Clark emphasizes that because three years elapsed between Whalen's testimony and his ultimate discharge and because there were intervening events, there is no basis on which the jury could infer a retaliatory motive. This argument, however, overlooks Clark's attempt to fire Whalen immediately after Whalen testified in opposition to Appalachian's proposal. The three-year interval was simply a factor for the jury to take into consideration in weighing the evidence. It does not compel reversal as a matter of law.

Clark's reliance on Burrus v. United Telephone Company of Kansas, Inc., 683 F.2d 339 (10th Cir. 1982), is misplaced. In Burrus the court upheld factual findings that an employee terminated with the rest of her department three years after filing an EEOC charge had failed to establish causation for purposes of her Title VII retaliation claim. Burrus sustained as not clearly erroneous a reasonable inference drawn from facts that are quite different from this case except for the three-year interval. It does not hold that a three-year interval between protected activity and discharge bars a retaliation claim as a matter of law.

In this case, the issue of causation depends on Clark's motive for firing Whalen. Determination of motive is a function peculiarly within the province of the fact finder, because so much depends on the opportunity to appraise the antagonists as they testify. A finding of motive should not be set aside by the reviewing court unless the evidence clearly compels rejection. See Aluminum Company of America, 148 F.2d 416, 433 (2d Cir. 1945); [Interim Binder]Federal Procedure, L. Ed. Sec. 77:266 (1981). Testing the jury's findings within the narrow confines of a motion for judgment notwithstanding the verdict, we conclude that the evidence is sufficient to defeat the motion.


The district court conditionally denied Clark's motion for a new trial. It ruled that there was "no error in the conduct of the original trial, hence, a new trial would not be warranted in the event Mr. Whalen successfully appeals [the judgment notwithstanding the verdict]."

There is a significant difference between deciding a motion for judgment notwithstanding the verdict and deciding a motion for a new trial. The trial court is prohibited from assessing the credibility of witnesses and weighing the evidence when ruling on a motion for judgment notwithstanding the verdict.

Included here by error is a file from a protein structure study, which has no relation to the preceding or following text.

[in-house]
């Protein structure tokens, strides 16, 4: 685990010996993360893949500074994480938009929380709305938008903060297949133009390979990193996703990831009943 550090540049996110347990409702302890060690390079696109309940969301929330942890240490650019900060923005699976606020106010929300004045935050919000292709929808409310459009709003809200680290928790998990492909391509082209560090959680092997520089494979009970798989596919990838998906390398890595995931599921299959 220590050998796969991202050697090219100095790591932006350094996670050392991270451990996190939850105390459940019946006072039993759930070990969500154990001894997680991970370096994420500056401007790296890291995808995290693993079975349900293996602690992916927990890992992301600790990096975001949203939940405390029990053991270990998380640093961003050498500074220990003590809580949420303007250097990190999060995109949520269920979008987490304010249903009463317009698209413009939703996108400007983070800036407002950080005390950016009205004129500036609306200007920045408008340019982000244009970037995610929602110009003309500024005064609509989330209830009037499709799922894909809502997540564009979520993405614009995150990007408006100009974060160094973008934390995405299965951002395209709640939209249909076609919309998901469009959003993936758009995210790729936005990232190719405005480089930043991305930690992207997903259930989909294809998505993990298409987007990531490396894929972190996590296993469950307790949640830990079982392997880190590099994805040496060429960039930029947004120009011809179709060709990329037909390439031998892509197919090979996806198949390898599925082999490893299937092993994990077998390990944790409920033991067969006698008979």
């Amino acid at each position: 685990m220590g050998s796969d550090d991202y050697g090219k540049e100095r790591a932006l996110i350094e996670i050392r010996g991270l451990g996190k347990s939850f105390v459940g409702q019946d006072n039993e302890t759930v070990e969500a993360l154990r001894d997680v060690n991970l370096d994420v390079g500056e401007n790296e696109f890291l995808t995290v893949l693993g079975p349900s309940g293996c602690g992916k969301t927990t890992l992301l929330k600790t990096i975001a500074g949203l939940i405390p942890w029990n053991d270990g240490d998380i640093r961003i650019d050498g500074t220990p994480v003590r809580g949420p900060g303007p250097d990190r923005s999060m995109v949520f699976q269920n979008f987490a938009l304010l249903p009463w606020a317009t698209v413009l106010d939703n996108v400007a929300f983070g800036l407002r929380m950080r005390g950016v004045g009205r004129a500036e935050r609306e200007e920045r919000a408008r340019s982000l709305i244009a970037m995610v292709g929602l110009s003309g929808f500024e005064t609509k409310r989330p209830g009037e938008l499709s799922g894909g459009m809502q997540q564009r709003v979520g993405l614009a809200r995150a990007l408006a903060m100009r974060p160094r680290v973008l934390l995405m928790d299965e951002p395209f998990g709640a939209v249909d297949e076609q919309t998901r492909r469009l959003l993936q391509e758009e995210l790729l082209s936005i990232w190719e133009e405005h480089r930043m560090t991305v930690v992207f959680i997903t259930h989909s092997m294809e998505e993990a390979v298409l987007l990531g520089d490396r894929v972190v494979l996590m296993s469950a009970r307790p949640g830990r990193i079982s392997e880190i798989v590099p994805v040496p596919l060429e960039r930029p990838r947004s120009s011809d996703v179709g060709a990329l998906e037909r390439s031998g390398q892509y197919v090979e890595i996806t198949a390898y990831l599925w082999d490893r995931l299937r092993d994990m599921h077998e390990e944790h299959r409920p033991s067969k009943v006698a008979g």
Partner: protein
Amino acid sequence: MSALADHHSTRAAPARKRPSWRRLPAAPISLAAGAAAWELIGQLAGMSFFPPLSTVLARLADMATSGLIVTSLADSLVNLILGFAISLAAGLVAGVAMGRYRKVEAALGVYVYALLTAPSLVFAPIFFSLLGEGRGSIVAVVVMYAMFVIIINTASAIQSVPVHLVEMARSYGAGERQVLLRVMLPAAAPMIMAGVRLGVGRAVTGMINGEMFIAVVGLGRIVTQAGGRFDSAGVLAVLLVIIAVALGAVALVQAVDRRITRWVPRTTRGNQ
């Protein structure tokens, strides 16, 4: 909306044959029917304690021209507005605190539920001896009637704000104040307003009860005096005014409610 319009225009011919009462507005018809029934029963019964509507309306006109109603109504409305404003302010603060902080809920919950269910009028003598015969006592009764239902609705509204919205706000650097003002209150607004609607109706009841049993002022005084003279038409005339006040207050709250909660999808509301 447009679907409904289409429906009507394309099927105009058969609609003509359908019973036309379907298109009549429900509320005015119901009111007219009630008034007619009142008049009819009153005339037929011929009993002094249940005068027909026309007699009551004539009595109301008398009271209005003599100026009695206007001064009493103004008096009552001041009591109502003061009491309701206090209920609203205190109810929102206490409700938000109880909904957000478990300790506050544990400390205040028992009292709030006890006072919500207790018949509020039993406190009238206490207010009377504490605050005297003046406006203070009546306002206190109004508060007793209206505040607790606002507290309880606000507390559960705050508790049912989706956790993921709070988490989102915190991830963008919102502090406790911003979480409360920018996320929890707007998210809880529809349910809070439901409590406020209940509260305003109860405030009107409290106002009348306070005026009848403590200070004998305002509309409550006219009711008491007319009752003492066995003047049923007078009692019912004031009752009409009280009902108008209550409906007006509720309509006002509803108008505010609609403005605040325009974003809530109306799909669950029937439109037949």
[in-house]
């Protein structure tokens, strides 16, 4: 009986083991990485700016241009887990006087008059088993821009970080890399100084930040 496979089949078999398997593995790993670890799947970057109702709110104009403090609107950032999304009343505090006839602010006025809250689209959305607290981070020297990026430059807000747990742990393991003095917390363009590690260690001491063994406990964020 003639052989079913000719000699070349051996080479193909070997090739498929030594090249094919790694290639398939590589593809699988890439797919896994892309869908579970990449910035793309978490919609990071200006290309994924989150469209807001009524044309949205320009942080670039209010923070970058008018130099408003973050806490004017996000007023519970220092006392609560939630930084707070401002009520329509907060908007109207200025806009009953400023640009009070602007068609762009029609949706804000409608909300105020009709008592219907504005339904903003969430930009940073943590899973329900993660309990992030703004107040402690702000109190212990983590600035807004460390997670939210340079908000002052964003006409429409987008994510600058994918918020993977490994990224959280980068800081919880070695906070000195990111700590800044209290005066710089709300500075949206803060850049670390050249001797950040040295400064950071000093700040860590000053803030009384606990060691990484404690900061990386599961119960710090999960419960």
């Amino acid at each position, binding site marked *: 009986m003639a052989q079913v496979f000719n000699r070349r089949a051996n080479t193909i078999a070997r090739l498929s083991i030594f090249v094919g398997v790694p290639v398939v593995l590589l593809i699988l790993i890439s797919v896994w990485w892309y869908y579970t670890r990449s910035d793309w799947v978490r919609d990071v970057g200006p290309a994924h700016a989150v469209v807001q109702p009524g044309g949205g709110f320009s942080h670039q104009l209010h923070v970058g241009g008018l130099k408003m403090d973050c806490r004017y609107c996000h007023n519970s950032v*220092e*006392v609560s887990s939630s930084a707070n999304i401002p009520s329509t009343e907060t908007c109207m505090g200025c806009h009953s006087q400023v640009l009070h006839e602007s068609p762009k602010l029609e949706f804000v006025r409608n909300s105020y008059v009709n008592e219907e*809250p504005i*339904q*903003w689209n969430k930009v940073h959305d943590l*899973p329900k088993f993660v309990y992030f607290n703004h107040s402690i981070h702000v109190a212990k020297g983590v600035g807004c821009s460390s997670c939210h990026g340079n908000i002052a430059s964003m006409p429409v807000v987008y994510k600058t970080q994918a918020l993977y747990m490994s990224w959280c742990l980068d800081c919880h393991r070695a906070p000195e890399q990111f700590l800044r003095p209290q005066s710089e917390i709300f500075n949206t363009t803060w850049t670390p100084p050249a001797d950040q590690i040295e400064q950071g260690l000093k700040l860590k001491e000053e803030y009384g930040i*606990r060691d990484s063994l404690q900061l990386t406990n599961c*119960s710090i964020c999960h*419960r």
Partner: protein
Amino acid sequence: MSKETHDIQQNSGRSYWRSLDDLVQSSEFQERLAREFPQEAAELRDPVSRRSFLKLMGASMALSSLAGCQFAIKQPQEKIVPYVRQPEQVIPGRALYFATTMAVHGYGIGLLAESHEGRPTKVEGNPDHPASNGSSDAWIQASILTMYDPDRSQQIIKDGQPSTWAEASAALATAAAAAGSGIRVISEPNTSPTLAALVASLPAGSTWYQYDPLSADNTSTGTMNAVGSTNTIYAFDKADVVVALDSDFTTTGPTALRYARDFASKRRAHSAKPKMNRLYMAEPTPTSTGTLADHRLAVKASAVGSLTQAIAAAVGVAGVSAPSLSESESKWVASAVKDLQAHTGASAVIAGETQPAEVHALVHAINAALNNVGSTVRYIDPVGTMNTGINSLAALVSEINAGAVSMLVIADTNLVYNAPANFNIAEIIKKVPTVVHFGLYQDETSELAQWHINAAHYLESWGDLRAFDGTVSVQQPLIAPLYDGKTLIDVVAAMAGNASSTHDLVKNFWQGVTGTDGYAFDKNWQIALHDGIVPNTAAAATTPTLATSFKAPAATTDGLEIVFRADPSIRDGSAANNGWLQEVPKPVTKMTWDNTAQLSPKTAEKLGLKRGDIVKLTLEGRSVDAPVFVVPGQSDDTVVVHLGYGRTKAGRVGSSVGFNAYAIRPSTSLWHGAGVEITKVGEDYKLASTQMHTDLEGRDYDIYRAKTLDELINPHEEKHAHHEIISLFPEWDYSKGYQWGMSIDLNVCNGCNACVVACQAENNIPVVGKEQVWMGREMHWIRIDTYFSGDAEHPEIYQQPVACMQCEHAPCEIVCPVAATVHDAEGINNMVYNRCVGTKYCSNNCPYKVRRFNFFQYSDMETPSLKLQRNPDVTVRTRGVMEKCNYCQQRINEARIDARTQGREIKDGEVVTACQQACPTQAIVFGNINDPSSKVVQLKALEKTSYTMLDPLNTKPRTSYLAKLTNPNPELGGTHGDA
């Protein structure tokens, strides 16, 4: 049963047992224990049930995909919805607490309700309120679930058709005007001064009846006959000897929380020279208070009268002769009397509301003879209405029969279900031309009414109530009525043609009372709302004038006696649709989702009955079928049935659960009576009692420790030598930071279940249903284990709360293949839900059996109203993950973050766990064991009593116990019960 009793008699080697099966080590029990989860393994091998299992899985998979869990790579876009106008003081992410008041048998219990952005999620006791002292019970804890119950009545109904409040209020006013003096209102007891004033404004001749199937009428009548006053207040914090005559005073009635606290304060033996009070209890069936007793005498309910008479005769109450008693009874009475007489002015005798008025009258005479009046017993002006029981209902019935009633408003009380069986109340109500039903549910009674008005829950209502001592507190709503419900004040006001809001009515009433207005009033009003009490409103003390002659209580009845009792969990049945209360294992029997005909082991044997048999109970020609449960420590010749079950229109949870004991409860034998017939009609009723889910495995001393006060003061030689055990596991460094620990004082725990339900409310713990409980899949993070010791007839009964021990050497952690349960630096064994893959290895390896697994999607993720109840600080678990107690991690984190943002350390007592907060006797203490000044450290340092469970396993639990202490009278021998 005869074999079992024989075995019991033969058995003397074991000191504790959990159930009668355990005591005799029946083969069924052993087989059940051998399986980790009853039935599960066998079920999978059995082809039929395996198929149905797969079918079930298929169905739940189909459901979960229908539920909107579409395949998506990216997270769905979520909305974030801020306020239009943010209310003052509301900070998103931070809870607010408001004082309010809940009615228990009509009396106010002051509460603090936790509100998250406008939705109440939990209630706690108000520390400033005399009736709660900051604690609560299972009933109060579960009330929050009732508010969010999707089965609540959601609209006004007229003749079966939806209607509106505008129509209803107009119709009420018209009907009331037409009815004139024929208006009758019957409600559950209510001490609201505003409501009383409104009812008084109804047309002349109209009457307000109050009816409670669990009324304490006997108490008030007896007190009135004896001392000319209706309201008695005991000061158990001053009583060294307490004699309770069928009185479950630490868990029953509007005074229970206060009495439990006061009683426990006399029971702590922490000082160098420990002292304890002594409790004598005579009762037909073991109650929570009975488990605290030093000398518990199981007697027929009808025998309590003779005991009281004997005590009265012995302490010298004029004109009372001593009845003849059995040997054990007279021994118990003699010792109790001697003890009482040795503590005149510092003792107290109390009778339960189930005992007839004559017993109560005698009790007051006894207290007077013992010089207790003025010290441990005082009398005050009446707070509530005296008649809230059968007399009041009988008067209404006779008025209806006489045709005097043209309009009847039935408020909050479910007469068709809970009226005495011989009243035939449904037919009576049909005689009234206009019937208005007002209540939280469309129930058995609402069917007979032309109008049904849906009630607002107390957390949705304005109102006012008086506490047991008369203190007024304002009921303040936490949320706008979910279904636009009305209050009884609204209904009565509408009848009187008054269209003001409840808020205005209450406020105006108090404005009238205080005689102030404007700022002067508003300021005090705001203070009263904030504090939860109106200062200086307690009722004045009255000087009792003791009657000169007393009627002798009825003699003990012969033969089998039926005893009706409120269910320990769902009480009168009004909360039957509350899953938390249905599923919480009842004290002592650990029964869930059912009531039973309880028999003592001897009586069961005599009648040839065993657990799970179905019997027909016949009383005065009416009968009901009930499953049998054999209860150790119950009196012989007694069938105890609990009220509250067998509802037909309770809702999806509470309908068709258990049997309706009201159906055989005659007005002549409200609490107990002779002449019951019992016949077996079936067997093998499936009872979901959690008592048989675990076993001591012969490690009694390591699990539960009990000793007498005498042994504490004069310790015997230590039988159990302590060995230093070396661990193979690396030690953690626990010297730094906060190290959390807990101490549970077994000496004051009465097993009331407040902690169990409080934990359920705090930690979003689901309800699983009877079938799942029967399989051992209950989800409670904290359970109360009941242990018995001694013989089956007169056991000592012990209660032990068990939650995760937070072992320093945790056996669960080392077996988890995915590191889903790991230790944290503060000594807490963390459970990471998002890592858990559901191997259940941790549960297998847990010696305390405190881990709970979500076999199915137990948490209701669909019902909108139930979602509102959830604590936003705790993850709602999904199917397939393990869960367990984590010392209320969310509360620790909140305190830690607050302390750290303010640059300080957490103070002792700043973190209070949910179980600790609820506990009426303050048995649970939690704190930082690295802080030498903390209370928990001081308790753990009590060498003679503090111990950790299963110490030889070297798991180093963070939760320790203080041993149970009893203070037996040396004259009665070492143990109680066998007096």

In contrast, the trial court can weigh evidence and assess credibility in deciding whether to grant a new trial. Wyatt v. Interstate & Ocean Transport Co., 623 F.2d 888, 891-92 (4th Cir. 1980). The court should exercise its discretion to grant a new trial "whenever, in its judgment, this action is required in order to prevent injustice." 11 Wright & Miller, Federal Practice and Procedure Sec. 2805 at 38 (1973). This includes ordering a new trial when the jury verdict is contrary to the weight of evidence.

Here the district court denied the motion for a new trial because it perceived no error in the conduct of the trial. But ruling on the conduct of the trial did not exhaust the district court's function. It should have gone on to decide whether the verdict was contrary to the weight of the evidence by making its own assessment of the credibility of the witnesses and the weight of the evidence. See Wyatt, 623 F.2d at 891-92; 11 Wright & Miller, Federal Practice and Procedure Secs. 2806, 2807, and 2815 (1973).

Accordingly, we reverse the judgment notwithstanding the verdict and vacate the order denying a new trial. On remand the district court should reconsider the motion for a new trial under proper standards. Regardless of the absence of error in the conduct of the trial, it should grant a new trial or set a remittitur if it concludes that an injustice has been done because the verdict is contrary to the weight of the evidence; otherwise, it should enter judgment on the verdict. Whalen having substantially prevailed shall recover his costs.

ERVIN, Circuit Judge, concurring in part and dissenting in part:

I am unable to agree with the decision of the majority that the district court erred when it granted Clark's motion for judgment notwithstanding the verdict in this case. For that reason, I respectfully dissent from that portion of the opinion.

I accept the majority's view that when Whalen appeared as a witness before the Virginia State Corporation Commission in March 1976 and opposed Appalachian Power Company's (APCO) plan to erect electric transmission lines in Floyd County, Whalen's testimony was protected by the first amendment because it related to a matter of public interest. Connick v. Myers, 461 U.S. 138, 103 S. Ct. 1684, 75 L. Ed. 2d 708 (1983). Furthermore, the jury's specific finding that this testimony was a substantial or motivating factor in Clark's decision to fire Whalen on June 19, 1979, cannot be disregarded or ignored.